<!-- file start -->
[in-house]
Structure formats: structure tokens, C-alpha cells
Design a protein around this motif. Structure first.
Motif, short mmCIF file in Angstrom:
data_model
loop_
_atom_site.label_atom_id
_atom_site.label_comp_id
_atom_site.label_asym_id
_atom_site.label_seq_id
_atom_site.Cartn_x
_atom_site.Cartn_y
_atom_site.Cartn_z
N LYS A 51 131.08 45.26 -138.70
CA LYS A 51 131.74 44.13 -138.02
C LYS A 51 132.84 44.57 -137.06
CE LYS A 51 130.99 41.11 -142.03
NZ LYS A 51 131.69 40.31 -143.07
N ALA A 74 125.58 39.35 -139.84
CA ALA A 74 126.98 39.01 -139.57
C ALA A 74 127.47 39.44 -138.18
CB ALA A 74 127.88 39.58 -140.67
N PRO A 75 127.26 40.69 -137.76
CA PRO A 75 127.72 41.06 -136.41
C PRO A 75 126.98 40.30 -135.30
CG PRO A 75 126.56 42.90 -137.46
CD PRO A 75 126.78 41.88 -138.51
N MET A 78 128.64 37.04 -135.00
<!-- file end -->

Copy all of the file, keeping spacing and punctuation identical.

[in-house]
Structure formats: structure tokens, C-alpha cells
Design a protein around this motif. Structure first.
Motif, short mmCIF file in Angstrom:
data_model
loop_
_atom_site.label_atom_id
_atom_site.label_comp_id
_atom_site.label_asym_id
_atom_site.label_seq_id
_atom_site.Cartn_x
_atom_site.Cartn_y
_atom_site.Cartn_z
N LYS A 51 131.08 45.26 -138.70
CA LYS A 51 131.74 44.13 -138.02
C LYS A 51 132.84 44.57 -137.06
CE LYS A 51 130.99 41.11 -142.03
NZ LYS A 51 131.69 40.31 -143.07
N ALA A 74 125.58 39.35 -139.84
CA ALA A 74 126.98 39.01 -139.57
C ALA A 74 127.47 39.44 -138.18
CB ALA A 74 127.88 39.58 -140.67
N PRO A 75 127.26 40.69 -137.76
CA PRO A 75 127.72 41.06 -136.41
C PRO A 75 126.98 40.30 -135.30
CG PRO A 75 126.56 42.90 -137.46
CD PRO A 75 126.78 41.88 -138.51
N MET A 78 128.64 37.04 -135.00